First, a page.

Bits and Pieces
Stanley N. Johnston as a young man.
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The Johnston Special – Part 1
By J. Davis, EAA 588164, for Bits and Pieces
The following account isn’t only a story of an ongoing aircraft restoration. It’s an account of a true Canadian pioneer of grassroots homebuilt aviation. Stanley N. Johnston (1898-1998) died shortly after his 100th birthday. During his lifetime, he built six airplanes, one each decade from the ’20s to the ’50s and two in the ’60s. The Johnston Special that I’m currently restoring is the second of two Johnston Specials, and it flew in the late ’60s. It was also his last. But let’s start at the beginning.
Stanley Johnston was raised on the family farm near Rodney, Ontario, west of London. He built his first plane there, a “Missing Link”1, at the age of 21. It was powered by a two-cylinder Lawrence engine and first flew in 1928. Next came a Model A powered Bipe biplane, flown in 1936 and later totaled by another pilot.
Stan’s Bipe bi-plane in Rodney, Ontario, 1933
Stan spent the war years in the aviation industry, working in Fort Erie, Ontario, as plant manager for Fleet and later for Piper in Hamilton, Ontario. Realizing he didn’t care much for a desk job, Stan bought some land near Rodney, and started his own farm. He put in a grass strip and began working on another homebuilt airplane, this time a Les Long design2: the Longster Wimpy. This low-wing, single-seat, sliding canopy plane seems to have had a strong influence in Stan’s next two designs: the Johnston Specials, serial numbers 1 and 2.
The JS #1 was a widened and stretched Wimpy, powered by a 108-hp Lycoming O-235C. First flown in May of 1962 after a 14-year build. Constructed of steel tube and fabric, it featured two-place side-by-side seating, sliding canopy, modified Taylorcraft spars and ribs, modified TaylorCraft tail, and “cushion”-type landing gear similar to a Ryan PT-23. Flying loads were taken up by bracing wires, and at 1,070 pounds empty, 1,500 pounds gross, it cruised at 95 mph, landed at 40 mph, with a 115-mph top speed.
The steel tube airframe of JS #1. The fabric covering was all hand-sewn by his wife.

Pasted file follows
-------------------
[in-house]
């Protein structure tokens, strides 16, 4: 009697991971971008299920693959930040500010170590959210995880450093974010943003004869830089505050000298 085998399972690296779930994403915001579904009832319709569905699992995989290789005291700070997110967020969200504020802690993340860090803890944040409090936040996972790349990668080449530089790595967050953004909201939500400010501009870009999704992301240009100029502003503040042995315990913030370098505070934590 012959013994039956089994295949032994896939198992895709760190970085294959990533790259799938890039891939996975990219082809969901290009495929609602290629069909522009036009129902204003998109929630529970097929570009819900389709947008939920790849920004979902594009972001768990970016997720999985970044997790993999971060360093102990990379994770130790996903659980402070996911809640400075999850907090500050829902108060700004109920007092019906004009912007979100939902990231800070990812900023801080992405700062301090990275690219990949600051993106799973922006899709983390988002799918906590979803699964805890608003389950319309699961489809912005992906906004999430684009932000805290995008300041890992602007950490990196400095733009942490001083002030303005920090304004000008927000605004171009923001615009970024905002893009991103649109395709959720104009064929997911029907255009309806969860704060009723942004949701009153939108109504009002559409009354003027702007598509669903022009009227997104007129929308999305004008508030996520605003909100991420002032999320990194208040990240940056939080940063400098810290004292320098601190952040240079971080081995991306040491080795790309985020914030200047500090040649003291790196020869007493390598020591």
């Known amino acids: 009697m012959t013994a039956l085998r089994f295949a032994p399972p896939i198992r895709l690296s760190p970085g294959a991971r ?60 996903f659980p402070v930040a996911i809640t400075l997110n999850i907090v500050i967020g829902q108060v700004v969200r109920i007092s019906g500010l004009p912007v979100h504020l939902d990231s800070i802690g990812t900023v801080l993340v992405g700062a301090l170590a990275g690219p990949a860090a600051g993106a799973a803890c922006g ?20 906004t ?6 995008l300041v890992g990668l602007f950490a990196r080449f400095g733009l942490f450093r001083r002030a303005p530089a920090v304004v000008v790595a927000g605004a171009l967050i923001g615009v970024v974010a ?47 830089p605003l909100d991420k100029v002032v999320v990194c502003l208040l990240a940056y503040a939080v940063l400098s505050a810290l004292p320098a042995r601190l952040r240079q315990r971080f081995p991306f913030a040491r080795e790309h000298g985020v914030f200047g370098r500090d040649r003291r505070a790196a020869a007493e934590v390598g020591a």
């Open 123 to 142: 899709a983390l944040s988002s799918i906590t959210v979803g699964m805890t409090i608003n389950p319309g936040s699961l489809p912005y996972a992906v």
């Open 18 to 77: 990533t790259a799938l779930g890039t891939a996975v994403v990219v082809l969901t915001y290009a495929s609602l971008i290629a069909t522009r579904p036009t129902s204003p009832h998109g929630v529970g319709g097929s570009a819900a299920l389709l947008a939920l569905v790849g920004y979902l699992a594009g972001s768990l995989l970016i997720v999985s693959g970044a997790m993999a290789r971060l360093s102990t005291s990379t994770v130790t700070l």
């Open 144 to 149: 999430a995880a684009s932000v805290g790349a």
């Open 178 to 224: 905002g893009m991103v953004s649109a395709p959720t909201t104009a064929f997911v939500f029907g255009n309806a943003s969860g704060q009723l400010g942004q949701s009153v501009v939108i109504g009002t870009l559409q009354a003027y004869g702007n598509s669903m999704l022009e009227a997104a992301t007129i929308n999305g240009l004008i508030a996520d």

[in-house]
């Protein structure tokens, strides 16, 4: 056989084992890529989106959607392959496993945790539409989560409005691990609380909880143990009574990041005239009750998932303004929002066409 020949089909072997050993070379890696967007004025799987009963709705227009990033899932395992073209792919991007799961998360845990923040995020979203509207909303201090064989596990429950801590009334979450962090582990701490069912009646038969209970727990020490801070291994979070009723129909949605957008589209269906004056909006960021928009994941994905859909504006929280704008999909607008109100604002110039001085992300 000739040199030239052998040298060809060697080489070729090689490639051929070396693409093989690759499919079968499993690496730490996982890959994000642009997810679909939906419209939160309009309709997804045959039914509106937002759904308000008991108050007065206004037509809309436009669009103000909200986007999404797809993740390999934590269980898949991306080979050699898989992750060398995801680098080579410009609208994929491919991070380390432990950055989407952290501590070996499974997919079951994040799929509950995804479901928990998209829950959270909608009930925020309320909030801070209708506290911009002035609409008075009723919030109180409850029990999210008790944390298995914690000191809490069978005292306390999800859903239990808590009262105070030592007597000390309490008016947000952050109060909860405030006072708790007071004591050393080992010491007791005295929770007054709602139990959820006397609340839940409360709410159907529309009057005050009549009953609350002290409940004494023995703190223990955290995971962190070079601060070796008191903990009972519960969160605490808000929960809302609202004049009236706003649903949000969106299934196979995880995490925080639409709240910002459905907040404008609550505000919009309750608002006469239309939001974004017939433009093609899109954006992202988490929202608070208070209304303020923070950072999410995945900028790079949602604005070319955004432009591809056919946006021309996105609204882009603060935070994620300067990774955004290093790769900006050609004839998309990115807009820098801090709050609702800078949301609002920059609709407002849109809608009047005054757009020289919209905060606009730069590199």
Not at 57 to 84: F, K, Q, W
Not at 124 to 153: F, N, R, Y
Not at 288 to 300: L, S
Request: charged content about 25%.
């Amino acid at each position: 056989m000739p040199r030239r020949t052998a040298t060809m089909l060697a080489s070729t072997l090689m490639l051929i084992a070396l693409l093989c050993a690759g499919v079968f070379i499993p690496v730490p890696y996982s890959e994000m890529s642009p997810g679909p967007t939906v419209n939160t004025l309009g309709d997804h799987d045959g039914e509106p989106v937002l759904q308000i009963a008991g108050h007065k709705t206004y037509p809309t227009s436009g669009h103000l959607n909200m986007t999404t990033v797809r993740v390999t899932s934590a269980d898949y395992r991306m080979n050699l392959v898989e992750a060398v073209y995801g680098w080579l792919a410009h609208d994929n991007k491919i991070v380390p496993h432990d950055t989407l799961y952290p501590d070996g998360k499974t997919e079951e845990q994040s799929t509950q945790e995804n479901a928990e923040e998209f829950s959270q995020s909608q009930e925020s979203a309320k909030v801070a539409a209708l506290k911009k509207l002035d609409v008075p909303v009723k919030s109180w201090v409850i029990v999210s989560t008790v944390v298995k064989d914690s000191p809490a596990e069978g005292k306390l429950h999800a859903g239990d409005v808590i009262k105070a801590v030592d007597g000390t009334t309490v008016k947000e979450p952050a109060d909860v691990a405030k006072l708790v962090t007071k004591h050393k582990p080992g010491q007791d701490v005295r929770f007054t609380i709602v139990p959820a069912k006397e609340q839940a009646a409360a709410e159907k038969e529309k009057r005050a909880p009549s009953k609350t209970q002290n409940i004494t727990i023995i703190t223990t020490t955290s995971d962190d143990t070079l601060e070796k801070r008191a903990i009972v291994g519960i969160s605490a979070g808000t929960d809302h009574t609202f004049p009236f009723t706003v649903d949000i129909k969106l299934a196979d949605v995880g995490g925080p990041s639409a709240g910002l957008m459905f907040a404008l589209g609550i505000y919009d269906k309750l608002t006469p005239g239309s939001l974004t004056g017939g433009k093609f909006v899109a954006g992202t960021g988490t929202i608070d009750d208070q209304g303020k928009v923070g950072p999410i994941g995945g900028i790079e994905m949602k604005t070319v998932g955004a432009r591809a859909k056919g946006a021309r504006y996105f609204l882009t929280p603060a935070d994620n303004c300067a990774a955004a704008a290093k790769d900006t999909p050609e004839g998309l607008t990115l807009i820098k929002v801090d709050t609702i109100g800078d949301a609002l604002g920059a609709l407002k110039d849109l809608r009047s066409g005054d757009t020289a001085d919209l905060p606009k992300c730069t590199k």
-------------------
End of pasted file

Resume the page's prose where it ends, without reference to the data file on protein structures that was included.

Evidently, Stan thought that the first Johnston Special needed improvement, and in March of 1964, he started construction on Johnston Special No. 2. It was basically the same design; I’m not really sure of everything Stan did differently the second time around. I do know that he chose to use a Clark Y airfoil, as opposed to the NACA 23012 of JS #1.
The JS #2 also made use of a mechanical jackscrew trim, with a rubber coupled shaft running the length of the fuselage. The pod-style wingtips of the first version were also dropped in favour of a more conventional Hoerner-style tip. One of the biggest challenges in restoring this airplane is that there are no—and by all accounts, never were— any plans. All of Stan’s living contemporaries, to the man, swear that he designed the entire plane in his head!
Stan in the cabin of No. 2. Note the air-filled shock absorbers in this picture.
In the next installment, I’ll describe finding the abandoned aircraft—in pieces—and what happened to it during the years from the day it stopped flying (roughly 2001) until the day I hauled it home to begin what will clearly be a lengthy restoration process. It is my hope that through these articles Stanley Johnston finally might be recognized as the quintessential Canadian homebuilder that he truly was.
1 Although this aircraft is identified as a “Missing Link” in the March 1964 issue of Air Progress, I have my doubts. With its strutless kingpin design, I believe it’s a Henderson Longster.
2 Oregon native Leslie Long was a pioneer in aviation, designing airplanes in the ’20s and ’30s. He often made plans available via magazines such as Mechanix Illustrated, and the low-wing Wimpy was one such design.